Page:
Which number?

Dec 2019
52
1
ok
(I thought the answer was 5 but I could be wrong so who can help me?)

Santa Claus tells the three super-smart elves Alpha, Beta, and Gamma, “Each of you has received a card that carries a number from 1, 2, 3, 4, 5, 6, 7, 8, 9, 10. Your three numbers are pairwise distinct, and the largest one equals the sum of the two smaller ones. Now, please have a look at your cards with your number, but don't show it to the two others!”

Alpha, Beta and Gamma stare at their cards for some time.

  1. After some time Alpha says, “According to my knowledge, there are at most eight possible candidates for Beta's number.”
  2. Then, Beta says, “According to my current knowledge, there are exactly three possible candidates for Gamma's number.”
  3. Gamma shouts, “I see! Now, I know Alpha's number.”
  4. Alpha thinks about it and says, “I still don't know Beta's number.”
  5. Beta exclaims, “I see! Now, I also do know Alpha's number.”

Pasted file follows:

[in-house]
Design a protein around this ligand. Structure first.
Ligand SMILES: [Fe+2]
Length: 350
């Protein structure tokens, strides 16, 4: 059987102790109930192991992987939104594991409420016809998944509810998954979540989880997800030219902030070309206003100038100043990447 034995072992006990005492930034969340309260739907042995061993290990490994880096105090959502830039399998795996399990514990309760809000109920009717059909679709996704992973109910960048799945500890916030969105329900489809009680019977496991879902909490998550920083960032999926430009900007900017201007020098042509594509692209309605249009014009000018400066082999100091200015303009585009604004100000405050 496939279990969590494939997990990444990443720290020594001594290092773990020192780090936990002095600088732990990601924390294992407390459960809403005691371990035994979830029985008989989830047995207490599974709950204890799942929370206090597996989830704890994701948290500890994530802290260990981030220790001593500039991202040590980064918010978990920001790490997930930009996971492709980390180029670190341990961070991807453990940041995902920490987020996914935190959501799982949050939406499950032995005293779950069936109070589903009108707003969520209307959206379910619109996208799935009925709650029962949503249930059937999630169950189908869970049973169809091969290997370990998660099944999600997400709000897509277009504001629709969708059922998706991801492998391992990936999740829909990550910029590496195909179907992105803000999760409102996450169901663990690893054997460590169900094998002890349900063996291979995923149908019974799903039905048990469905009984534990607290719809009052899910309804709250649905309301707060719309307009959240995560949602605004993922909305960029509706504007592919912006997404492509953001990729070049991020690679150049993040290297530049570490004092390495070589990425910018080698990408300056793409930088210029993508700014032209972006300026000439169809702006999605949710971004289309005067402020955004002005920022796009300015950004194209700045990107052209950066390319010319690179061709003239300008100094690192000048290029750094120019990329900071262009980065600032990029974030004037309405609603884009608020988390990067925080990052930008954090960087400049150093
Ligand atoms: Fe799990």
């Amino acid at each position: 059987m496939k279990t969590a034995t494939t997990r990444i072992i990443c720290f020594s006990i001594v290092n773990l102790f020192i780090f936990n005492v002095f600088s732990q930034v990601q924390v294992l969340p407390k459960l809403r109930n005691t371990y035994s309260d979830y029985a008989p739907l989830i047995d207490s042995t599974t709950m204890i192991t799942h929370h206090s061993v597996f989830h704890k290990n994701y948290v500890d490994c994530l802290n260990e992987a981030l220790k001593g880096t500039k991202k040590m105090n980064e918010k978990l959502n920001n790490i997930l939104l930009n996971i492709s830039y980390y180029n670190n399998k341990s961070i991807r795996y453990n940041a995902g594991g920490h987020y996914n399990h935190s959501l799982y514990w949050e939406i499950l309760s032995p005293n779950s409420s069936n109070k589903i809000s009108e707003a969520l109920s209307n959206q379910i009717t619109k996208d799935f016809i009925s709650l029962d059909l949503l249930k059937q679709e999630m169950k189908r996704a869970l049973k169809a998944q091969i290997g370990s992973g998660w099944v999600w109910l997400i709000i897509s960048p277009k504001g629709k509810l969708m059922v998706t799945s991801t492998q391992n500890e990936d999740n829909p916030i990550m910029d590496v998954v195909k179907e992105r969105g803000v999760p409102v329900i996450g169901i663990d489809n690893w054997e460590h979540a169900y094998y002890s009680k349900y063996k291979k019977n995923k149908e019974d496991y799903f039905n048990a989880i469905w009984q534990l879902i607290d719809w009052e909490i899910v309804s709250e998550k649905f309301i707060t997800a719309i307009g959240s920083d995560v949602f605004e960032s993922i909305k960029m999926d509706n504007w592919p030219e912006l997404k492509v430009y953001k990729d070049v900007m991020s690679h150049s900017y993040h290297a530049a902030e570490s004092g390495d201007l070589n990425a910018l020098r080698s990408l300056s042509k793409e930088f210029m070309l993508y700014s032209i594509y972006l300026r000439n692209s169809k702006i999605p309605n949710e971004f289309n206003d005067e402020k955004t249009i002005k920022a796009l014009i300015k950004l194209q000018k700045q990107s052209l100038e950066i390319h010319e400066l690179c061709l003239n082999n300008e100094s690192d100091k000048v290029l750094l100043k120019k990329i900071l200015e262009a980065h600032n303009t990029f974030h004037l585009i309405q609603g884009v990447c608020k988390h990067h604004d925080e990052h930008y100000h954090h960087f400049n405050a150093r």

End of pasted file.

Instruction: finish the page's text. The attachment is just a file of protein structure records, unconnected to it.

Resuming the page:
Of course, we would like to know: What is Alpha's number?
Calculations are required!
 

romsek

Math Team
Sep 2015
2,773
1,552
USA
This is not complex analysis. Please put these brain teasers in the General Math or Lounge forum.
 
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skipjack

Forum Staff
Dec 2006
21,321
2,386
Alpha''s number is 4. Hence Alpha initially knows that Beta has 1, 2, 3, 5, 6, 7, 9, or 10.
 

skipjack

Forum Staff
Dec 2006
21,321
2,386
One has to use the information given and make some reasonable assumptions. As Alpha knew that there were only eight possible candidates for Beta's number, Alpha's number was 4, 5, 8 or 10. As Beta, knowing Alpha's declaration, saw that there were exactly three possible candidates for Gamma's number, Beta's number must have been 4, 6, 7 or 9. Now try to continue reasoning in this way.
 
Last edited:
Dec 2019
52
1
ok
One has to use the information given and make some reasonable assumptions. As Alpha knew that there were only eight possible candidates for Beta's number, Alpha's number was 4, 5, 8 or 10. As Beta, knowing Alpha's declaration, saw that there were exactly three possible candidates for Gamma's number, Beta's number must have been 4, 6, 7 or 9. Now try to continue reasoning in this way.
How do you know Alpha's number was 4, 5, 8 or 10 tho? And why must Beta's number have been 4, 6, 7 or 9?
 

skipjack

Forum Staff
Dec 2006
21,321
2,386
If Alpha's number is 8, Alpha knows that Beta's number couldn't be 4, as that would leave no number available for Gamma. Do you understand that?